CHICAGO – For two years, this was the norm for Marcus Stroman. He’d get ground balls, attack the strike zone and pitch lots of innings.
Now, after an injury-interrupted 2018 season, he’s doing it again. Stroman allowed just one earned run over six innings Thursday, though the Toronto Blue Jays lost 4-2 to the Chicago White Sox after a successful squeeze play sparked a two-run rally against reliever Derek Law in the eighth.
Stroman is now 10 starts into the season with a 2.95 ERA that ranks ninth in the American League. The Blue Jays couldn’t have hoped for more production to this point in the year.
“He’s been outstanding,” manager Charlie Montoyo said. “I knew in spring training the moment I saw he was healthy, he’s going to be good.”
Stroman said all spring his shoulder and finger issues were behind him, but some uncertainty lingered until he put together this extended run of effective starts. Having gotten this far, Stroman’s expecting improvement as the season progresses.
“To be honest, I think I’m going to get better,” Stroman said. “I know where I’m going to be at the end of the year. I’m usually a second-half pitcher. I’m going to continue to get better and continue to get stronger, so I wasn’t lying when I said I felt really good in spring training.
“I’m just looking forward to the rest of this year.”
If Stroman’s prediction comes true and he keeps pitching better, the trade rumours around him will intensify over the summer. Of course teams will inquire about Stroman, who’s a free agent after 2020. And of course the Blue Jays will listen, as they did over the winter. Finding common ground in trade talks could even be easier this time, since Stroman looks like a healthy impact starter again.
As Freddy Galvis put it, “He’s been dealing all year.”
Regardless, that’s months away. For now, the production comes at an opportune time for the Blue Jays, who are down to four starters even with newcomer Edwin Jackson in the rotation. Clayton Richard was in Chicago with the team, but he will rehab in the minors instead of starting for the Blue Jays, who may now need a bullpen day Saturday.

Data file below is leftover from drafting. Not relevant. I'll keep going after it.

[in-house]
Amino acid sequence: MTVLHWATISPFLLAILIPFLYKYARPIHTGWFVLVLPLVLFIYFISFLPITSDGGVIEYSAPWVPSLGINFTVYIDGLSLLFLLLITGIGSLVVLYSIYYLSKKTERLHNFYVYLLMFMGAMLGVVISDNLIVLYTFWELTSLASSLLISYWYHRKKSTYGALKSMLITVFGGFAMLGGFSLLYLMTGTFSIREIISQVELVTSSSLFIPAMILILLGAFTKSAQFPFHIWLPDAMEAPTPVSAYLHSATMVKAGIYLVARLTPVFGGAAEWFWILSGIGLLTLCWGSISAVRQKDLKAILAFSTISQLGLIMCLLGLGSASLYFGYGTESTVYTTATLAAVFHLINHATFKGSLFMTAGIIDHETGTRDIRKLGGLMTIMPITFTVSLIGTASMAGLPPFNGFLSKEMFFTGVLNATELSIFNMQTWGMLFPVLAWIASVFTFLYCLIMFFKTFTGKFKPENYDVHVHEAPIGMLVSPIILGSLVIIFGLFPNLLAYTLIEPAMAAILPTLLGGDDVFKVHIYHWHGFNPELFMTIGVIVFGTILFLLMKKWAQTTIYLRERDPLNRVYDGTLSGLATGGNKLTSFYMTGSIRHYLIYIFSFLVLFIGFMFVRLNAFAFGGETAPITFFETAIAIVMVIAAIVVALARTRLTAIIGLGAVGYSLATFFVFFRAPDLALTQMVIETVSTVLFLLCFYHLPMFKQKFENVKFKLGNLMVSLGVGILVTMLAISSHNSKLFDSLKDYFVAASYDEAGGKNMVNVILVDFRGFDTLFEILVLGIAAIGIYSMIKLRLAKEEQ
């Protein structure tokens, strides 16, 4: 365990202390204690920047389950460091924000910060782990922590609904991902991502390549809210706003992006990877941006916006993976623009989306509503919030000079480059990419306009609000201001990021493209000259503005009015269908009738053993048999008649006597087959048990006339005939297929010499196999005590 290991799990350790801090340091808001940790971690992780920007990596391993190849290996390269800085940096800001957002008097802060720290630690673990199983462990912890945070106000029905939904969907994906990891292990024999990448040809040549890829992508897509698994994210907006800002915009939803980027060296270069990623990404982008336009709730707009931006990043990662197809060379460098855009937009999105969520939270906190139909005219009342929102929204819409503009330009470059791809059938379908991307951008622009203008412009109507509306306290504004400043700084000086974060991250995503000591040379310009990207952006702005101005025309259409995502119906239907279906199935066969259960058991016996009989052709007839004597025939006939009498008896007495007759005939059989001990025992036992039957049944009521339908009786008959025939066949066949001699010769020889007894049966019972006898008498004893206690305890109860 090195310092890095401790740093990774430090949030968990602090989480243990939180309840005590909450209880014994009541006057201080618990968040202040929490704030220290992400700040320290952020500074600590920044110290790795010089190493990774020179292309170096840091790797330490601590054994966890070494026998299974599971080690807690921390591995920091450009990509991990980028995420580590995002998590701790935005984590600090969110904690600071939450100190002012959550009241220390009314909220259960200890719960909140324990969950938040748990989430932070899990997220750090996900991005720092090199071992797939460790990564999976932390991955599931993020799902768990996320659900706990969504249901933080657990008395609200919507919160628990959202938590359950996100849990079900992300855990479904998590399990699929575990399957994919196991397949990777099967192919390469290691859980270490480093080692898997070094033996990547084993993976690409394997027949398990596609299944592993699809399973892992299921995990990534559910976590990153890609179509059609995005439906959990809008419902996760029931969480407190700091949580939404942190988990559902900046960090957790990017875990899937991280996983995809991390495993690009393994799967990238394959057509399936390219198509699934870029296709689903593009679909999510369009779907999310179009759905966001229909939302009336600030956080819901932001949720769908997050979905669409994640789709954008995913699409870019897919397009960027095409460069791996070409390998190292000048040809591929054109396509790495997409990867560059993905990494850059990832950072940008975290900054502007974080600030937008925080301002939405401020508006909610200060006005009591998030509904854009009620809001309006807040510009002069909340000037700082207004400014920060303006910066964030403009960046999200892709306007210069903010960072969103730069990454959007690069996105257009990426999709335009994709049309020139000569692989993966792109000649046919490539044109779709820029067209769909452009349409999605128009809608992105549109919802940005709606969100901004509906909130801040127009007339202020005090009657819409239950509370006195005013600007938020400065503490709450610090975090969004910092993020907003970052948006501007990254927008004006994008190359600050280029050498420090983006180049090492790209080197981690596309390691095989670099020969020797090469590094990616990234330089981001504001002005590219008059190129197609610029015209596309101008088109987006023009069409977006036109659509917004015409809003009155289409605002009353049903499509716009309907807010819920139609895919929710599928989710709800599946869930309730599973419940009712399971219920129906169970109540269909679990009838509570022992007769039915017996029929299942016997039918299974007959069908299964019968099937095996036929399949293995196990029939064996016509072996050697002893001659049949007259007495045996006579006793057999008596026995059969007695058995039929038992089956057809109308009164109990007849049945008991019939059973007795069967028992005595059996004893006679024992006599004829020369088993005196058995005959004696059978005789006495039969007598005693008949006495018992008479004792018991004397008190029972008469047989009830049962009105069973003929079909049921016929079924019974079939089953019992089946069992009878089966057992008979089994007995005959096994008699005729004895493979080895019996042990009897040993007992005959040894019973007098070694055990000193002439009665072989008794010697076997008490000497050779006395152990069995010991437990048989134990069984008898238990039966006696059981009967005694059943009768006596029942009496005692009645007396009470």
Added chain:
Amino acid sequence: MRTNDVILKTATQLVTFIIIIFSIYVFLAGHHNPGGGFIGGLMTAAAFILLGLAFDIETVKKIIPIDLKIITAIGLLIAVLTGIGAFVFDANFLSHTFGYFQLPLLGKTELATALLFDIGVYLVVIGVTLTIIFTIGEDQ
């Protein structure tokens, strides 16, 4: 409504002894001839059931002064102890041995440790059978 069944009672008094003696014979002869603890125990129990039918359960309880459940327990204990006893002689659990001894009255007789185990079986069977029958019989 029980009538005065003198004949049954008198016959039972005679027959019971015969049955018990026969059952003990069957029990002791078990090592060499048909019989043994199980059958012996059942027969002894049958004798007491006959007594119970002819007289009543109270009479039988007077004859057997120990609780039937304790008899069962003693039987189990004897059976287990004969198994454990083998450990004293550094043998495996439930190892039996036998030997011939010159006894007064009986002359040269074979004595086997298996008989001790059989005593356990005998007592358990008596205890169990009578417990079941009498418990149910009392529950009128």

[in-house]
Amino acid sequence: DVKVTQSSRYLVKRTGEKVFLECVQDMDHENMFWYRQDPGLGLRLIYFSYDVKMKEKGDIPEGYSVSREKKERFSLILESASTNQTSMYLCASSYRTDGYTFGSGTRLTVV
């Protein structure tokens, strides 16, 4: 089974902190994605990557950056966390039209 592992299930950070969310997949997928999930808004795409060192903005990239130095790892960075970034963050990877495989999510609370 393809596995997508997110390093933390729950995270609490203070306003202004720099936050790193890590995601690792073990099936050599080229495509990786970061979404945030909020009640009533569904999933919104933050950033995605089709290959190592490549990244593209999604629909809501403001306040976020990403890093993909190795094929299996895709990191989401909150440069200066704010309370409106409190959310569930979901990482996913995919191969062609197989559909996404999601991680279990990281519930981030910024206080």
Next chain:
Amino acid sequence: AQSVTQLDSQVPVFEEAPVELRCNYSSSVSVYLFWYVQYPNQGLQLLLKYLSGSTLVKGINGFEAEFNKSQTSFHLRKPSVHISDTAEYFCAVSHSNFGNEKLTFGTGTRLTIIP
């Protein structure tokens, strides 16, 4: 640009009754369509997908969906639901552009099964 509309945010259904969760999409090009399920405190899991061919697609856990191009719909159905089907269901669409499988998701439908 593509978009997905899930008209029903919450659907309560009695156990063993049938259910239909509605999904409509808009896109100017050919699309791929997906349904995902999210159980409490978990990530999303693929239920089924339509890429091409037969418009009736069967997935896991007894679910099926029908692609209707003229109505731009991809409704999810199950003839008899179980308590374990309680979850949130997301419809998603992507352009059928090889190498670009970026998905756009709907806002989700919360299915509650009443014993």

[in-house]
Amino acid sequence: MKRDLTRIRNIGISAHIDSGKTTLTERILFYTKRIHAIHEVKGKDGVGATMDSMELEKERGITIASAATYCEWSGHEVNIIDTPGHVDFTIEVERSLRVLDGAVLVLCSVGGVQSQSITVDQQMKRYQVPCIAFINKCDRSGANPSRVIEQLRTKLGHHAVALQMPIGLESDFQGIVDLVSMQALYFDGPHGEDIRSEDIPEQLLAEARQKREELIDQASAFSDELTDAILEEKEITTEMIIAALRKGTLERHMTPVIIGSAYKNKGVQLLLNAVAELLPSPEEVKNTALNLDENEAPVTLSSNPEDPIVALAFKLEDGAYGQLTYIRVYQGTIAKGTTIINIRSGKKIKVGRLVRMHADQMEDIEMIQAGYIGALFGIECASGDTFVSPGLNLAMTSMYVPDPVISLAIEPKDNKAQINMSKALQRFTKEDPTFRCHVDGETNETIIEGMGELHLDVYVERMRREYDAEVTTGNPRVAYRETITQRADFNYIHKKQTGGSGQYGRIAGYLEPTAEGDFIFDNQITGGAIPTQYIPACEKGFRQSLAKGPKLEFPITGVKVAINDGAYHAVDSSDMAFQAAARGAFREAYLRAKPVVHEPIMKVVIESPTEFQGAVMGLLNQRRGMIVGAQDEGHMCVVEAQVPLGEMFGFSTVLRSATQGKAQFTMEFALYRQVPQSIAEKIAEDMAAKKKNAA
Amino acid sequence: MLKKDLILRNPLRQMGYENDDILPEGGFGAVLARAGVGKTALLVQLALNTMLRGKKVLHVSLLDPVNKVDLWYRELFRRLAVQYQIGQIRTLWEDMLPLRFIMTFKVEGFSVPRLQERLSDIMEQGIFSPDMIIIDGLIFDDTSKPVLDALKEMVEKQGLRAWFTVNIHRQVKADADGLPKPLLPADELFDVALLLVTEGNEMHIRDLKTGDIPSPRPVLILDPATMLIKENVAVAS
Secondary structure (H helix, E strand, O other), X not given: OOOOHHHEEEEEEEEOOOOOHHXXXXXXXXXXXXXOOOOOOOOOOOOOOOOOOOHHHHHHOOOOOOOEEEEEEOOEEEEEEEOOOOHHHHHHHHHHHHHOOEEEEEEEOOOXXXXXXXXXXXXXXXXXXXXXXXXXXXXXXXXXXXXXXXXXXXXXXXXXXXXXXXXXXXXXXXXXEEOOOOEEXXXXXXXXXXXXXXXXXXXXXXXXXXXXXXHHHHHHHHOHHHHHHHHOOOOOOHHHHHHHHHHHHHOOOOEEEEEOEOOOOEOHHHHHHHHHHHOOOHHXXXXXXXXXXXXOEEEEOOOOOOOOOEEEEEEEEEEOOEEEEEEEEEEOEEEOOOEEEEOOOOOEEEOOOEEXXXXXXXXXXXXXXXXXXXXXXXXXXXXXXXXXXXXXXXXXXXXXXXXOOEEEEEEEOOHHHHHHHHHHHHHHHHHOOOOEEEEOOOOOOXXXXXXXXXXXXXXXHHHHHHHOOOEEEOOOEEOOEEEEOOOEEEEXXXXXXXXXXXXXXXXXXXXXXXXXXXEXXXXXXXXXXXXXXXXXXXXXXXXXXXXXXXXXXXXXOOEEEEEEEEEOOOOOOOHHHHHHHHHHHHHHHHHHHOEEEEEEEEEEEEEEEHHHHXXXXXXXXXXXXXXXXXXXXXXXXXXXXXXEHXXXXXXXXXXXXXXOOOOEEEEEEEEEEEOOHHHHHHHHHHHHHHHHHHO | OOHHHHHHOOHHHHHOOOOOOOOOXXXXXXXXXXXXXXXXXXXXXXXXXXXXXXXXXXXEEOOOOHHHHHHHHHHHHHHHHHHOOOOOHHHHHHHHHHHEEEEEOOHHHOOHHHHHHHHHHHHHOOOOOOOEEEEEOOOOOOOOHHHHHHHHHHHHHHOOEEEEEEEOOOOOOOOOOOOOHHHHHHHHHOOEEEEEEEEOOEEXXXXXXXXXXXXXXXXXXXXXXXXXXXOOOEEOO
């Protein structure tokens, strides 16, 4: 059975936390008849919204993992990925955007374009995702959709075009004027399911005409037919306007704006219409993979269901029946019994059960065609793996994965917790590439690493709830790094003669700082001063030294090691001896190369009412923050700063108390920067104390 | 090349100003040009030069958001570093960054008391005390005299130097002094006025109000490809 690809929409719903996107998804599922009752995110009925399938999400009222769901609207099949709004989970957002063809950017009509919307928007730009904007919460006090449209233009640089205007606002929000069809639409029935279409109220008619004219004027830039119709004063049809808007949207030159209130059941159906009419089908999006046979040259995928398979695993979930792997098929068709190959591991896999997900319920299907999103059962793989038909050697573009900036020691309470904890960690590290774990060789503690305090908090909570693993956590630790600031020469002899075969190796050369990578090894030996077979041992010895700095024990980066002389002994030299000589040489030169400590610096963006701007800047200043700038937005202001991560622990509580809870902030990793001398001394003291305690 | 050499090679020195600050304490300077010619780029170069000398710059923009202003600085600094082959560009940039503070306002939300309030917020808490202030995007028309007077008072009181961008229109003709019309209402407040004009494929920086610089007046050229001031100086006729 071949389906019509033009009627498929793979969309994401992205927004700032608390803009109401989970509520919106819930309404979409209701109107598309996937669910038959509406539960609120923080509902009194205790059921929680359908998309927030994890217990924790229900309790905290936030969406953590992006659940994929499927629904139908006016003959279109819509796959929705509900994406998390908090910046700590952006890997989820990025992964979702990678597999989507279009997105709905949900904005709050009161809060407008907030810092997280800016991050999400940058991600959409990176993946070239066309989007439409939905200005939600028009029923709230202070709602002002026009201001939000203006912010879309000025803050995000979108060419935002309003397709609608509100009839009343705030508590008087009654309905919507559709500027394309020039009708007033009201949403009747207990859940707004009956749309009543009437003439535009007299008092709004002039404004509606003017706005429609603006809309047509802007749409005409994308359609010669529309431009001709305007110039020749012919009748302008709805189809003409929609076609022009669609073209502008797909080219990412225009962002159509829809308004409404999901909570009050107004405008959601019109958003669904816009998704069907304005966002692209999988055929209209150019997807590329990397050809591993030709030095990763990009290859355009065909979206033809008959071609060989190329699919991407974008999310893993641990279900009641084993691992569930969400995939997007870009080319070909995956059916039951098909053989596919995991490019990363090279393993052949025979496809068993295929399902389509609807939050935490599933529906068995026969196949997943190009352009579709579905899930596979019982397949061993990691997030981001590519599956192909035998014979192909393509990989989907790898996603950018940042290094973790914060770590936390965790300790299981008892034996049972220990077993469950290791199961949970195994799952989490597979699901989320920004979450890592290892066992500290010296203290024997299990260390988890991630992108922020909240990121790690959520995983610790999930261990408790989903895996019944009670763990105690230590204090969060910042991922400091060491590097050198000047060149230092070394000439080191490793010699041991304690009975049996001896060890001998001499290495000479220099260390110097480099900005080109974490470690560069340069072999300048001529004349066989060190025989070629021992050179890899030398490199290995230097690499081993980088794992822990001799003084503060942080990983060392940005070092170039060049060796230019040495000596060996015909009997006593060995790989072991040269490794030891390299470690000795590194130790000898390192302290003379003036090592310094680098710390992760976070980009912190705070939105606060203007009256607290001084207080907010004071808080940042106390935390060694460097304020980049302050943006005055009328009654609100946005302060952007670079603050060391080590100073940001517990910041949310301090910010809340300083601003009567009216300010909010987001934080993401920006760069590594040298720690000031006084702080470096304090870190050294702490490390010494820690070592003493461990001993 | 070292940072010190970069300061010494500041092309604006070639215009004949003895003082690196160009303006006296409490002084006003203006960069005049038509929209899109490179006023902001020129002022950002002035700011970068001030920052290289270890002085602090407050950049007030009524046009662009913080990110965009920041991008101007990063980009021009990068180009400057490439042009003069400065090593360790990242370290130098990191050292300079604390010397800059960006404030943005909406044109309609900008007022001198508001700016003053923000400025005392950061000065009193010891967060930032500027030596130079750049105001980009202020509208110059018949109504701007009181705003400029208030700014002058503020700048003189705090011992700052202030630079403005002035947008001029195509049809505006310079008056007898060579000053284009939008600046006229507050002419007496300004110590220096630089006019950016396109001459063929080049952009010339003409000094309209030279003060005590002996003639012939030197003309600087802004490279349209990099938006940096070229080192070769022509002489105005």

A rare error from Galvis led to an unearned run in the first inning, but the shortstop made up for it minutes later by hitting a solo homer over the right field wall.
“Nobody wants to make errors, but sometimes you do,” Galvis said. “The mentality is to bring that run back to the team.”
That wasn’t the only defensive miscue for the Blue Jays, however. In the second inning, Jonathan Davis took his time fielding a Yolmer Sanchez ground ball up the middle, but Sanchez was sprinting so he reached second base on a ball that should have been a single.
“A learning lesson,” Montoyo said. “Now he knows.”
Stroman did get some support from his defenders later. In the fourth inning, Billy McKinney crashed hard into the left field wall to rob Sanchez of a hit with an impressive grab. McKinney was in left because the Blue Jays optioned Teoscar Hernandez to triple-A earlier in the day in the hopes he can bounce back at the plate. Chances are Hernandez doesn’t make that catch, but to be fair, few left fielders would.
Two innings after McKinney’s catch, Danny Jansen helped Stroman complete a strike-him-out throw-him-out double-play to escape the sixth. Jansen also walked to lead off the eighth, though the Blue Jays couldn’t come up with a big hit to score him.
In fact, Toronto had trouble coming up with hits of any kind. Aside from the Galvis homer, it only had one: a Brandon Drury single in the second inning.
Vladimir Guerrero Jr. went 0-for-4 as the designated hitter, though his first inning line-out left his bat at 115.5 m.p.h. On another quiet night for the Blue Jays’ lineup that counts as noteworthy.
As a result, another strong start goes to waste. Stroman may have returned to form, but the same can’t be said of this Blue Jays offence.
“I didn’t see it coming like this,” Montoyo said. “The beautiful thing about baseball is tomorrow’s a new day … but the bats haven’t been there for the past couple of weeks–or more than that.”